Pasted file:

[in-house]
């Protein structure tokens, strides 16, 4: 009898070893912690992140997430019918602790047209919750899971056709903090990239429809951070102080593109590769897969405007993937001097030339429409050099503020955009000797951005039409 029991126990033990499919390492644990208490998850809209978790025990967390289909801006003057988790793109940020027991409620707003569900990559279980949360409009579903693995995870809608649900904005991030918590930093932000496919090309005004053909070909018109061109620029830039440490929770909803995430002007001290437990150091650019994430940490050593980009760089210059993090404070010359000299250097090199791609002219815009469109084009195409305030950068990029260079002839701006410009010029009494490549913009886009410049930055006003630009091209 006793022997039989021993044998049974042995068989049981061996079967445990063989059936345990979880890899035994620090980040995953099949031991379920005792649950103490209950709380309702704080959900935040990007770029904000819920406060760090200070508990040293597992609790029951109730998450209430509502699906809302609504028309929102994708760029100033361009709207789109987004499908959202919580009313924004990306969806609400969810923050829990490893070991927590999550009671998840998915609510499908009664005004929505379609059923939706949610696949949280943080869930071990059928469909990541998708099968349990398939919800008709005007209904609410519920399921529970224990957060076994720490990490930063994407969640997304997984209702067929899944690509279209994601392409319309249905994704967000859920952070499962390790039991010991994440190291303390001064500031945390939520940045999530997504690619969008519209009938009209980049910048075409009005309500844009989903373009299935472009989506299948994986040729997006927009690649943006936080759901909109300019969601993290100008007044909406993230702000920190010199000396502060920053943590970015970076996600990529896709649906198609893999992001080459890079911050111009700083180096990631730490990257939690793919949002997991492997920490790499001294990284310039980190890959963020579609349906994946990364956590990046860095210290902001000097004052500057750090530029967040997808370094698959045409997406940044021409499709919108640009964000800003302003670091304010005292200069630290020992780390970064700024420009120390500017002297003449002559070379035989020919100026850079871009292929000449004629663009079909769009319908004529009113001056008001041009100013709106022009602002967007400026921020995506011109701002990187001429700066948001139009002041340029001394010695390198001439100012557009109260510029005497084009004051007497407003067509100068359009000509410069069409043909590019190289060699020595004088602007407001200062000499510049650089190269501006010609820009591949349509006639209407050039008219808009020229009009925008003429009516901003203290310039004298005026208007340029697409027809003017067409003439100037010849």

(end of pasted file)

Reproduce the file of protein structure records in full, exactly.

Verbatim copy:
[in-house]
């Protein structure tokens, strides 16, 4: 009898070893912690992140997430019918602790047209919750899971056709903090990239429809951070102080593109590769897969405007993937001097030339429409050099503020955009000797951005039409 029991126990033990499919390492644990208490998850809209978790025990967390289909801006003057988790793109940020027991409620707003569900990559279980949360409009579903693995995870809608649900904005991030918590930093932000496919090309005004053909070909018109061109620029830039440490929770909803995430002007001290437990150091650019994430940490050593980009760089210059993090404070010359000299250097090199791609002219815009469109084009195409305030950068990029260079002839701006410009010029009494490549913009886009410049930055006003630009091209 006793022997039989021993044998049974042995068989049981061996079967445990063989059936345990979880890899035994620090980040995953099949031991379920005792649950103490209950709380309702704080959900935040990007770029904000819920406060760090200070508990040293597992609790029951109730998450209430509502699906809302609504028309929102994708760029100033361009709207789109987004499908959202919580009313924004990306969806609400969810923050829990490893070991927590999550009671998840998915609510499908009664005004929505379609059923939706949610696949949280943080869930071990059928469909990541998708099968349990398939919800008709005007209904609410519920399921529970224990957060076994720490990490930063994407969640997304997984209702067929899944690509279209994601392409319309249905994704967000859920952070499962390790039991010991994440190291303390001064500031945390939520940045999530997504690619969008519209009938009209980049910048075409009005309500844009989903373009299935472009989506299948994986040729997006927009690649943006936080759901909109300019969601993290100008007044909406993230702000920190010199000396502060920053943590970015970076996600990529896709649906198609893999992001080459890079911050111009700083180096990631730490990257939690793919949002997991492997920490790499001294990284310039980190890959963020579609349906994946990364956590990046860095210290902001000097004052500057750090530029967040997808370094698959045409997406940044021409499709919108640009964000800003302003670091304010005292200069630290020992780390970064700024420009120390500017002297003449002559070379035989020919100026850079871009292929000449004629663009079909769009319908004529009113001056008001041009100013709106022009602002967007400026921020995506011109701002990187001429700066948001139009002041340029001394010695390198001439100012557009109260510029005497084009004051007497407003067509100068359009000509410069069409043909590019190289060699020595004088602007407001200062000499510049650089190269501006010609820009591949349509006639209407050039008219808009020229009009925008003429009516901003203290310039004298005026208007340029697409027809003017067409003439100037010849």